The interviewer pulled this TIME magazine cover out of a drawer and then asked, ‘What do you think about this?’ Before I could answer, he oddly put the magazine back in the drawer as if he wasn’t supposed to show it to me. I still have no clue what that was about.

Mitchell Dillon (@mdillonCGC)

What advice can you offer applicants in the interview stage?

Think about what unique experiences make you stand out and mention them. I was probably one of only a few applicants with a theater background. I discussed how it helped me learn professionalism, memorization, how to work under stress, and public speaking skills!

Anna Victorine

Biggest piece of advice for students going through the application process is to be patient and kind with yourself. It can be a stressful, frustrating year, and you are doing your best!

Kennedy Borle (@kennedyborle)

I did not have traditional advocacy experience with a crisis center or hotline, so I worked to explain in my cover letter and interviews how being a peer mentor for other non-traditional students at @UWM fit the bill.

Amy Donahue (@ultimatelibrarn)

Breathe and be yourself! It’s your time to shine. Think about what you really want to leave a program with and how each program can help you get there. I fell in love with the city and the program because I wanted public health as part of my education.

Natasha Berman (@nkrberman)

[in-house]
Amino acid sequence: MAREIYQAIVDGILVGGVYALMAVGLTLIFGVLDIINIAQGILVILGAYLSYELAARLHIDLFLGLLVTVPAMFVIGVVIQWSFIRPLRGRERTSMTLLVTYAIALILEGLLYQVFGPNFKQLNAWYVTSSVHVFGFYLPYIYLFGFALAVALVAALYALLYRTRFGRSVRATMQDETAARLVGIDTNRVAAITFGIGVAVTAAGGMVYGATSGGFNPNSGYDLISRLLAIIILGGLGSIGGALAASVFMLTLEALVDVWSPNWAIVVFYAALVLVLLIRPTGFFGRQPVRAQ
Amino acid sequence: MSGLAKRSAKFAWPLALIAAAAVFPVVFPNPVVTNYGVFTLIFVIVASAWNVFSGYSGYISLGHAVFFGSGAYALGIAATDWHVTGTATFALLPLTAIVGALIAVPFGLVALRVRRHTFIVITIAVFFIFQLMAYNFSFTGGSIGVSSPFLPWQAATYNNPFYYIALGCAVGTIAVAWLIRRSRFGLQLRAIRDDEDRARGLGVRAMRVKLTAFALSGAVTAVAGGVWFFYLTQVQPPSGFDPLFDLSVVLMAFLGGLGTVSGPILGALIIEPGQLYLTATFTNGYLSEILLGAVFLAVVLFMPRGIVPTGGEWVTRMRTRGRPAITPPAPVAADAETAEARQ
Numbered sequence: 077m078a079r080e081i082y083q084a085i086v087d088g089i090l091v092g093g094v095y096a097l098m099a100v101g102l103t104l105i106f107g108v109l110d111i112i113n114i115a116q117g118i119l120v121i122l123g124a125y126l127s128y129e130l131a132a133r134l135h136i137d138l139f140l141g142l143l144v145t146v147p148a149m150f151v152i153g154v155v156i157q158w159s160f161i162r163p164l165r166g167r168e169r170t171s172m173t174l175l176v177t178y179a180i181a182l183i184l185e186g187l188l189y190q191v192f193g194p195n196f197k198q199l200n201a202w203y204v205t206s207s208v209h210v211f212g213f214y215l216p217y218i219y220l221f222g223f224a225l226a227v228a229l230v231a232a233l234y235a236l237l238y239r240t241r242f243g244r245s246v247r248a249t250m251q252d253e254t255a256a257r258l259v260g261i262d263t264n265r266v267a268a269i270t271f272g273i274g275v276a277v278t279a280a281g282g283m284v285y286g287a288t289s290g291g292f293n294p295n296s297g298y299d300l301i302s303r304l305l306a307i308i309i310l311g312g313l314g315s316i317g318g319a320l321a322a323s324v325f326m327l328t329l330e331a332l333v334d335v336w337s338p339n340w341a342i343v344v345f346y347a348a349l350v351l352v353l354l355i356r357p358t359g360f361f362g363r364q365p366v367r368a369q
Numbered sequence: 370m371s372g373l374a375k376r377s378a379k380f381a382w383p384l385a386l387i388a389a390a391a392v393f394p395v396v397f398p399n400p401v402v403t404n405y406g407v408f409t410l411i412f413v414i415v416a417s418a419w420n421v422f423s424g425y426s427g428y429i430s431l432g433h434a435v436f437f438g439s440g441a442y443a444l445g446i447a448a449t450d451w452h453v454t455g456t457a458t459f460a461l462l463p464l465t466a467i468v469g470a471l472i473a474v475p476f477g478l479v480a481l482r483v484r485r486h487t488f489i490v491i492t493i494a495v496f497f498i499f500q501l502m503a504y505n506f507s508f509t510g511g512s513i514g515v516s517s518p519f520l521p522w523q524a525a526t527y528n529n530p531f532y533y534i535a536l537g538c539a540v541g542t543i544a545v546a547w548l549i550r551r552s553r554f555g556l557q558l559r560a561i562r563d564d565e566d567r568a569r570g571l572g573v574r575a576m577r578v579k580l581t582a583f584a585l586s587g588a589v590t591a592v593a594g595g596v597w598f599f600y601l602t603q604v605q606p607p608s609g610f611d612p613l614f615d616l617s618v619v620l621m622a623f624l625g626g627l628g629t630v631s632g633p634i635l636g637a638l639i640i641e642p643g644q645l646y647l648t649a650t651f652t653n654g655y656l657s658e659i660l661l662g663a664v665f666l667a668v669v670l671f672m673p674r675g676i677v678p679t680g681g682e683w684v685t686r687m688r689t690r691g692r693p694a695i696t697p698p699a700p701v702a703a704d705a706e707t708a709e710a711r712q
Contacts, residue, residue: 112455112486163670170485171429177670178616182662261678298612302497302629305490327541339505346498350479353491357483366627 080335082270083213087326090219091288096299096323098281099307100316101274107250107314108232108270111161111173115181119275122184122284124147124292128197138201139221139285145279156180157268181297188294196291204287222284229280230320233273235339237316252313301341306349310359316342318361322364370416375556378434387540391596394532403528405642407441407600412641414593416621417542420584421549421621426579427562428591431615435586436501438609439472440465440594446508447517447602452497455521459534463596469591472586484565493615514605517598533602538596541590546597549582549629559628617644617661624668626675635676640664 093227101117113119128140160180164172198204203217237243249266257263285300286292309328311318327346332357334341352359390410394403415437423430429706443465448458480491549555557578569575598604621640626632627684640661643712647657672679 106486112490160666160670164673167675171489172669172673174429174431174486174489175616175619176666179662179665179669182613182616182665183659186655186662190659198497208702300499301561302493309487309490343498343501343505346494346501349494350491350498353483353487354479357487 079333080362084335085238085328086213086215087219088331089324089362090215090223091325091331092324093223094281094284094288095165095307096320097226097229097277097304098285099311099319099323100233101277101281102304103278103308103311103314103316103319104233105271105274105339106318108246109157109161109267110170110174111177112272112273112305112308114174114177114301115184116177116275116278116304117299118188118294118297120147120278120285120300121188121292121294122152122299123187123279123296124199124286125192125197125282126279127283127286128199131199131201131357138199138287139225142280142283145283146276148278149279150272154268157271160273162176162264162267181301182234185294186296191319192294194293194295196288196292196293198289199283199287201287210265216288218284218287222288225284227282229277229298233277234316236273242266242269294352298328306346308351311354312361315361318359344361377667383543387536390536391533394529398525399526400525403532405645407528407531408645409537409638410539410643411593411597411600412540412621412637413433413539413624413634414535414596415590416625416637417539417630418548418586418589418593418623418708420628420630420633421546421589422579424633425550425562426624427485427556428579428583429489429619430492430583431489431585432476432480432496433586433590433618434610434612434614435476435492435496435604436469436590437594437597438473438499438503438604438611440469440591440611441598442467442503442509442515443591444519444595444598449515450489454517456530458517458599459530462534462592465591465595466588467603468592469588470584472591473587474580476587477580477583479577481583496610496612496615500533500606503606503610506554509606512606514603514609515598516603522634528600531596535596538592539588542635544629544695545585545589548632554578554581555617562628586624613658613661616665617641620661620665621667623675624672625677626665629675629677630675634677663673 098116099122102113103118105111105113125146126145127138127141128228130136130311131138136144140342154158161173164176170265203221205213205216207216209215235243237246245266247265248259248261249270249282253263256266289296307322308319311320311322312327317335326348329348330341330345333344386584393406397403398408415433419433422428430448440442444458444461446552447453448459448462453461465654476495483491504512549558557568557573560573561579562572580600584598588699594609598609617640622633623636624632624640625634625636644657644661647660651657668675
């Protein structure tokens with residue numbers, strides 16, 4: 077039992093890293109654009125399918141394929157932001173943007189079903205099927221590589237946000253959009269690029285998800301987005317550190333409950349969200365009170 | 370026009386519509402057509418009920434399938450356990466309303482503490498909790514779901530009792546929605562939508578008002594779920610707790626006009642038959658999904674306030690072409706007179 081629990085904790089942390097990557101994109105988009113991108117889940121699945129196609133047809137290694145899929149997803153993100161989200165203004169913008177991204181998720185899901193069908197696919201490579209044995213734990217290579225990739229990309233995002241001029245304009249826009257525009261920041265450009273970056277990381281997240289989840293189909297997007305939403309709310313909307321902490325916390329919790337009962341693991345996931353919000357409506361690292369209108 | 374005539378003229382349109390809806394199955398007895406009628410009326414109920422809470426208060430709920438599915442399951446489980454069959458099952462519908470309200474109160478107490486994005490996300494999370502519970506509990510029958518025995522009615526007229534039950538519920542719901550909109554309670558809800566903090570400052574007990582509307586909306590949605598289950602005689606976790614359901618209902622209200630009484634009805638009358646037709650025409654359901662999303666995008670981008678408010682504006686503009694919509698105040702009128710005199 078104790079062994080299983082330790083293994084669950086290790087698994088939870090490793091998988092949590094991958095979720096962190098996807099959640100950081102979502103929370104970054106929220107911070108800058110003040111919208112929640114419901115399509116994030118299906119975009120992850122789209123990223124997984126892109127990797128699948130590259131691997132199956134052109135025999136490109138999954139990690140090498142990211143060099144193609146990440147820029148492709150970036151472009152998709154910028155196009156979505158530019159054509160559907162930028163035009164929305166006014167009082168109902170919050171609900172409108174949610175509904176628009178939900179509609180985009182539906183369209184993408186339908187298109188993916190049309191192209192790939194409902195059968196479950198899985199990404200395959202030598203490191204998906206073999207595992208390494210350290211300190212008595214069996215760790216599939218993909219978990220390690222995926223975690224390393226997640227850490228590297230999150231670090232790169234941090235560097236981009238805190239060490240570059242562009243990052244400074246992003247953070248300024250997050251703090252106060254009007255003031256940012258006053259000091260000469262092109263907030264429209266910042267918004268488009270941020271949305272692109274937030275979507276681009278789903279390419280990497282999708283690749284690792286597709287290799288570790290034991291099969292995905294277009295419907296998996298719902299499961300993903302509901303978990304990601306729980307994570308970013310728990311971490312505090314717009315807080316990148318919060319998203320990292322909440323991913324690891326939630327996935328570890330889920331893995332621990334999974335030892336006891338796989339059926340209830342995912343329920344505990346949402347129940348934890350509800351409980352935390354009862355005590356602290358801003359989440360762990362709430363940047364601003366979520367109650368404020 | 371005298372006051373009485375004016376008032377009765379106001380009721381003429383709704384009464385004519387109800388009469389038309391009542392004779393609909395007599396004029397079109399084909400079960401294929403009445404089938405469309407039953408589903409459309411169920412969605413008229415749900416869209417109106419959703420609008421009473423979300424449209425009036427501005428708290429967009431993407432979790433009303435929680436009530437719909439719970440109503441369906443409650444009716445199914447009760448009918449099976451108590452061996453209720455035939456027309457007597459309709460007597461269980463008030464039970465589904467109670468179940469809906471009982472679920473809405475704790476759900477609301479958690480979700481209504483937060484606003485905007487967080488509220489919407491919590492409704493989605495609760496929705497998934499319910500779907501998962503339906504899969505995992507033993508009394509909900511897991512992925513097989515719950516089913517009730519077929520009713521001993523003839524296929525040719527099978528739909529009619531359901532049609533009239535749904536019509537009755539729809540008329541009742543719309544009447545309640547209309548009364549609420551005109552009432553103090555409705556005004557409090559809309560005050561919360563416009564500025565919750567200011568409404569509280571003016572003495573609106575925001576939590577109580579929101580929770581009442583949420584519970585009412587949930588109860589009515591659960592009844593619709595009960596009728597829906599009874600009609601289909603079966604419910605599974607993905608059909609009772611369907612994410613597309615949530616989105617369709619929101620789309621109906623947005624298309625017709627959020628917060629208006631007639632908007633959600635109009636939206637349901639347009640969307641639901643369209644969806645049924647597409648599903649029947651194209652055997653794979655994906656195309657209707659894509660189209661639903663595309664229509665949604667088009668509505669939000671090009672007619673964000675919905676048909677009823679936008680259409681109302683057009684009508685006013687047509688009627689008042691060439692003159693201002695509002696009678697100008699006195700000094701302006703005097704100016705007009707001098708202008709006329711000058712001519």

Be yourself, tell your story, show your heart, and ask a lot of questions. This is a place you might be spending the next two years of your life. It’s the gateway to your career. Does the program excite you and make you feel supported? Does the community embrace the program?

Maija Rannikko Trout (@_mai_ran)

Research the graduate program and primary faculty ahead of time. Come up with five specific questions that apply only to that graduate program. Go into an interview with five things you want that program to know about YOU. This way, you’ll find a way to bring the conversation back to those five things, so that your conversations are meaningful and so you are memorable. Write thank you emails that are non-generic and bring up points that are specific to your interview.

Danielle Bonadies (@dbonadies)

I made sure I had a few topics memorized from published articles by the directors of the school I was interviewing at to draw upon in conversations. I wanted to show I cared about the school enough to research what they had done in the academic ring and to be a part of it going forward.

Karl K. (@KarlK_)

Why did you choose the grad school you did?

I chose @slc_gc_grads because of the bigger class size and location. My advice to applicants is to do your research, smile a lot, follow your heart, don’t compare yourself to other applicants, and remember everything will work out the way it’s supposed to!

Anna Kolbuszewska (@GeneQueeen)

I chose @PittGCProgram because of its program design. Acting close to a full-time genetic counselor as a second year was helpful for the job transition!

Samantha Wesoly (@swesolygc)